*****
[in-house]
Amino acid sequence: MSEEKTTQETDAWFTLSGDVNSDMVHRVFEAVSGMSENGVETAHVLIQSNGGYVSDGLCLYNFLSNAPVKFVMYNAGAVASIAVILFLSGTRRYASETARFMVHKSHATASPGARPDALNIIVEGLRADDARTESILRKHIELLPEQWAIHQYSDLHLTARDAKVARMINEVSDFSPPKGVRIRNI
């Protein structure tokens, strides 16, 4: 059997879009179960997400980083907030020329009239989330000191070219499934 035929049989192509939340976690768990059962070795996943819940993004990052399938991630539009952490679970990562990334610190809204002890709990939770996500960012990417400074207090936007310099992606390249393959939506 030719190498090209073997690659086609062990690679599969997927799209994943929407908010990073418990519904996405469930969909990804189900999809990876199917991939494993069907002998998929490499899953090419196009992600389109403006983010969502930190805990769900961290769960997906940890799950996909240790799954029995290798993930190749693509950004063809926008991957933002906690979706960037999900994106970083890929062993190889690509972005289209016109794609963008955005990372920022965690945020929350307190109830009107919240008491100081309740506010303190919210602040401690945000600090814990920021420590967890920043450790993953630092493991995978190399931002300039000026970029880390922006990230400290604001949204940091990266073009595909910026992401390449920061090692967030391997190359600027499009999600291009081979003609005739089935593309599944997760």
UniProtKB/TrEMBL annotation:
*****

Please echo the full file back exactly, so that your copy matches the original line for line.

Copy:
[in-house]
Amino acid sequence: MSEEKTTQETDAWFTLSGDVNSDMVHRVFEAVSGMSENGVETAHVLIQSNGGYVSDGLCLYNFLSNAPVKFVMYNAGAVASIAVILFLSGTRRYASETARFMVHKSHATASPGARPDALNIIVEGLRADDARTESILRKHIELLPEQWAIHQYSDLHLTARDAKVARMINEVSDFSPPKGVRIRNI
């Protein structure tokens, strides 16, 4: 059997879009179960997400980083907030020329009239989330000191070219499934 035929049989192509939340976690768990059962070795996943819940993004990052399938991630539009952490679970990562990334610190809204002890709990939770996500960012990417400074207090936007310099992606390249393959939506 030719190498090209073997690659086609062990690679599969997927799209994943929407908010990073418990519904996405469930969909990804189900999809990876199917991939494993069907002998998929490499899953090419196009992600389109403006983010969502930190805990769900961290769960997906940890799950996909240790799954029995290798993930190749693509950004063809926008991957933002906690979706960037999900994106970083890929062993190889690509972005289209016109794609963008955005990372920022965690945020929350307190109830009107919240008491100081309740506010303190919210602040401690945000600090814990920021420590967890920043450790993953630092493991995978190399931002300039000026970029880390922006990230400290604001949204940091990266073009595909910026992401390449920061090692967030391997190359600027499009999600291009081979003609005739089935593309599944997760």
UniProtKB/TrEMBL annotation: